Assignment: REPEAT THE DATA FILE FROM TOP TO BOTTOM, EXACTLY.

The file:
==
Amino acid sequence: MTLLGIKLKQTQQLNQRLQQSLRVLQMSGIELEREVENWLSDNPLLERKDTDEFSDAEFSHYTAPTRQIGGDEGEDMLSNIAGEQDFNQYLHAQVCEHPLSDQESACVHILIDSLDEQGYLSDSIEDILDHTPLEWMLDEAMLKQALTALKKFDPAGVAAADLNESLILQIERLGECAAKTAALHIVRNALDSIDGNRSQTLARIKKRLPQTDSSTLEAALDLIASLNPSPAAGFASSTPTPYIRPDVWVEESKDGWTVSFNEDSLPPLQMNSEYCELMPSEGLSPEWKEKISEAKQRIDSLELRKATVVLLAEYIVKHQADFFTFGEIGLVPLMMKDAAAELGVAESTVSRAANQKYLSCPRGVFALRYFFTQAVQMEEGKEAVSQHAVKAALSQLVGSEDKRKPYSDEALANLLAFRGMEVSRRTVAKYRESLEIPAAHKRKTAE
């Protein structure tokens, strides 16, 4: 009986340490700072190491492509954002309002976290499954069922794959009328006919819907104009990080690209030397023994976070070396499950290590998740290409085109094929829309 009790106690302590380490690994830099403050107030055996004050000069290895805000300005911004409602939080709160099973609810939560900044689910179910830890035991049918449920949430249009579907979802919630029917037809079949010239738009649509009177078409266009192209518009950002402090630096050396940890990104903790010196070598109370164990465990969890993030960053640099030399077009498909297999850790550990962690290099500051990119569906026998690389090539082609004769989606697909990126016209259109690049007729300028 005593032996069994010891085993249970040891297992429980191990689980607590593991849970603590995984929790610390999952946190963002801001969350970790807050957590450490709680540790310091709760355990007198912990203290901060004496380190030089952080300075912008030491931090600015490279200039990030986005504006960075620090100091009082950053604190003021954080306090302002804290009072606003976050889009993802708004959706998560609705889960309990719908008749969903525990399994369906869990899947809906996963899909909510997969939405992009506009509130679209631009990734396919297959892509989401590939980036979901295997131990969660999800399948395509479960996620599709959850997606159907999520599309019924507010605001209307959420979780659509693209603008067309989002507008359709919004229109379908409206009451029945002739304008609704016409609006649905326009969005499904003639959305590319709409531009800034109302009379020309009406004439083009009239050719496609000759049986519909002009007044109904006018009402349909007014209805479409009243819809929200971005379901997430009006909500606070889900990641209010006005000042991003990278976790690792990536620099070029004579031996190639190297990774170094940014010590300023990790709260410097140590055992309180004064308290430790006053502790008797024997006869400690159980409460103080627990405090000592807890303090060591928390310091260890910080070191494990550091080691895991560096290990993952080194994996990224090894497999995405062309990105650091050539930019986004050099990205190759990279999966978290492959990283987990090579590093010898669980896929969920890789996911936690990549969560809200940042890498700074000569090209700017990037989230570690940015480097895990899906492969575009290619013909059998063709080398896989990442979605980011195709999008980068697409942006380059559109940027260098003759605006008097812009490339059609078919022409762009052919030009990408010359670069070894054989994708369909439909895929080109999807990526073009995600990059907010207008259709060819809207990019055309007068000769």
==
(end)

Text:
Amino acid sequence: MTLLGIKLKQTQQLNQRLQQSLRVLQMSGIELEREVENWLSDNPLLERKDTDEFSDAEFSHYTAPTRQIGGDEGEDMLSNIAGEQDFNQYLHAQVCEHPLSDQESACVHILIDSLDEQGYLSDSIEDILDHTPLEWMLDEAMLKQALTALKKFDPAGVAAADLNESLILQIERLGECAAKTAALHIVRNALDSIDGNRSQTLARIKKRLPQTDSSTLEAALDLIASLNPSPAAGFASSTPTPYIRPDVWVEESKDGWTVSFNEDSLPPLQMNSEYCELMPSEGLSPEWKEKISEAKQRIDSLELRKATVVLLAEYIVKHQADFFTFGEIGLVPLMMKDAAAELGVAESTVSRAANQKYLSCPRGVFALRYFFTQAVQMEEGKEAVSQHAVKAALSQLVGSEDKRKPYSDEALANLLAFRGMEVSRRTVAKYRESLEIPAAHKRKTAE
């Protein structure tokens, strides 16, 4: 009986340490700072190491492509954002309002976290499954069922794959009328006919819907104009990080690209030397023994976070070396499950290590998740290409085109094929829309 009790106690302590380490690994830099403050107030055996004050000069290895805000300005911004409602939080709160099973609810939560900044689910179910830890035991049918449920949430249009579907979802919630029917037809079949010239738009649509009177078409266009192209518009950002402090630096050396940890990104903790010196070598109370164990465990969890993030960053640099030399077009498909297999850790550990962690290099500051990119569906026998690389090539082609004769989606697909990126016209259109690049007729300028 005593032996069994010891085993249970040891297992429980191990689980607590593991849970603590995984929790610390999952946190963002801001969350970790807050957590450490709680540790310091709760355990007198912990203290901060004496380190030089952080300075912008030491931090600015490279200039990030986005504006960075620090100091009082950053604190003021954080306090302002804290009072606003976050889009993802708004959706998560609705889960309990719908008749969903525990399994369906869990899947809906996963899909909510997969939405992009506009509130679209631009990734396919297959892509989401590939980036979901295997131990969660999800399948395509479960996620599709959850997606159907999520599309019924507010605001209307959420979780659509693209603008067309989002507008359709919004229109379908409206009451029945002739304008609704016409609006649905326009969005499904003639959305590319709409531009800034109302009379020309009406004439083009009239050719496609000759049986519909002009007044109904006018009402349909007014209805479409009243819809929200971005379901997430009006909500606070889900990641209010006005000042991003990278976790690792990536620099070029004579031996190639190297990774170094940014010590300023990790709260410097140590055992309180004064308290430790006053502790008797024997006869400690159980409460103080627990405090000592807890303090060591928390310091260890910080070191494990550091080691895991560096290990993952080194994996990224090894497999995405062309990105650091050539930019986004050099990205190759990279999966978290492959990283987990090579590093010898669980896929969920890789996911936690990549969560809200940042890498700074000569090209700017990037989230570690940015480097895990899906492969575009290619013909059998063709080398896989990442979605980011195709999008980068697409942006380059559109940027260098003759605006008097812009490339059609078919022409762009052919030009990408010359670069070894054989994708369909439909895929080109999807990526073009995600990059907010207008259709060819809207990019055309007068000769």